NEW YORK, New York, June 6, 2021 (ENS) – “We are ravaging the very ecosystems that underpin our societies,” United Nations Secretary-General António Guterres warned in his message for World Environment Day, observed every year on June 5.
With biodiversity loss, climate disruption and escalating pollution presenting a triple environmental threat, Guterres launched “an unprecedented effort to heal the Earth.”
Kicking off the UN Decade of Ecosystem Restoration, he said the planet is rapidly reaching a “point of no return,” as humans cut down forests, pollute rivers and oceans, and plough grasslands “into oblivion.”
Our degradation of the natural world is destroying the very food, water and resources needed to survive, and already undermining the well-being of 3.2 billion people – or 40 percent of humanity, he said.
Yet the UN chief said reassuringly that the Earth is resilient and “we still have time to reverse the damage we have done.”
He pointed out that the next 10 years are “our final chance to avert a climate catastrophe, turn back the deadly tide of pollution and end species loss.”
By restoring ecosystems, Guterres said, “we can drive a transformation that will contribute to the achievement of all the Sustainable Development Goals, SDGs.”
“Accomplishing these things will not only safeguard the planet’s resources. It will create millions of new jobs by 2030, generate returns of over US$7 trillion dollars every year and help eliminate poverty and hunger,” he said.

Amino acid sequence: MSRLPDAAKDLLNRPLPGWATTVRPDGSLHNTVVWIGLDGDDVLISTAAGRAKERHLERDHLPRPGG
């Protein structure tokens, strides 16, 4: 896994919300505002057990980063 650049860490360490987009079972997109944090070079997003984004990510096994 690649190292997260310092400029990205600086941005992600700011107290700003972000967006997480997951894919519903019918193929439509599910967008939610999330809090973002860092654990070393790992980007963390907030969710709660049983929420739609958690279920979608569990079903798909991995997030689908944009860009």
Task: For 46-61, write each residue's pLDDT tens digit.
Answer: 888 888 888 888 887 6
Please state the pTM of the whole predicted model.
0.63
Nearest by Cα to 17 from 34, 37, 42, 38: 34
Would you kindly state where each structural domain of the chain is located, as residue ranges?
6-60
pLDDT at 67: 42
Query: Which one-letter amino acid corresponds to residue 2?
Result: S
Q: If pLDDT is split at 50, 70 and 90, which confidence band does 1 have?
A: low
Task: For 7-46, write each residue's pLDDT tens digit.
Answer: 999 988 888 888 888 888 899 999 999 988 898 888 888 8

Land Area the Size of China Needs Restoration
An area of land roughly the size of China needs rejuvenation if the planet’s biodiversity and the communities who rely on it are to be protected, UN agencies said on Thursday.
The Food and Agriculture Organization, FAO, and the UN Environment Programme, UNEP, are urging restoration of at least one billion degraded hectares of land by 2030. This goal must be matched by a similar commitment to the oceans, or else there will be a growing threat to global food security, they warned.
In a new report marking the start of a Decade of Ecosystem Restoration, the agencies warned that humans are already using 1.6 times the resources that nature can provide sustainably.
Some 420 million hectares of forest have been lost since the 1990s, the UN agencies report, and Member States are “not on course” to meet pledges to increase the overall amount of woodland by three percent by 2030, said Mette Wilkie, director of FAO’s Forestry Division.
“Conservation efforts alone will be insufficient to prevent large-scale ecosystem collapse and biodiversity loss,” FAO and UNEP stressed, before underscoring the need for countries to reprogram their post-COVID-19 recovery and move away from massive subsidies to carbon-heavy sectors such as fossil fuels.
UN Secretary General Guterres described the Decade on Ecosystem Restoration as “a global call to action” that will draw together “political support, scientific research and financial muscle to massively scale up restoration.”
“Everyone can contribute,” said the Secretary-General. “So, let today be the start of a new decade – one in which we finally make peace with nature and secure a better future for all.”
Enthusiasm for a New Human Rights Standard Grows
Independent human rights experts have called on the UN to formally recognize that living in a safe, healthy and sustainable environment is “indeed a human right.”
These are Special Rapporteurs and independent experts appointed by the Geneva-based UN Human Rights Council to examine and report back on a specific human rights theme or a country situation – in this case whether a safe, healthy and sustainable environment is a human right. They are not UN staff nor are they paid for their work.